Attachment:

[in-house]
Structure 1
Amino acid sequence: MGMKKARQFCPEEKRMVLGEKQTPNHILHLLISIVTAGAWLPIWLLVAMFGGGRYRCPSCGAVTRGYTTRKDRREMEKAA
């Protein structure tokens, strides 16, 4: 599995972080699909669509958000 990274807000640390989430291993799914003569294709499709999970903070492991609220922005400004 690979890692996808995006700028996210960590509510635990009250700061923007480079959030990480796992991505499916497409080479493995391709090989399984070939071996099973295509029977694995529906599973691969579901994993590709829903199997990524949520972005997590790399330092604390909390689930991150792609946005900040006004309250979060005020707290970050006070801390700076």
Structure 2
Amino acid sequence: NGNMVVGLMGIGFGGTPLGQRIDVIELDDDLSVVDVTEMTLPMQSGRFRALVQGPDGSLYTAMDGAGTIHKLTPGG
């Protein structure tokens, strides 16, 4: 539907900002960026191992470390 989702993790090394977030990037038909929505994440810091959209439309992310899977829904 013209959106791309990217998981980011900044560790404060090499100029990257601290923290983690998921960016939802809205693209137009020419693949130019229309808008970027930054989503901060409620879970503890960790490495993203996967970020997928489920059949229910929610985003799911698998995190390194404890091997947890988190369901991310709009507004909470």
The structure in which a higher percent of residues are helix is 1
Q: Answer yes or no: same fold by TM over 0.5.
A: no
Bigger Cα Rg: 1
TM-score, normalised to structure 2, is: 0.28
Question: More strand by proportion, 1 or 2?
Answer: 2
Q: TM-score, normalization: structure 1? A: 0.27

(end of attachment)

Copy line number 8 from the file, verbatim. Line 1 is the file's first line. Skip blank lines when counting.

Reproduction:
The structure in which a higher percent of residues are helix is 1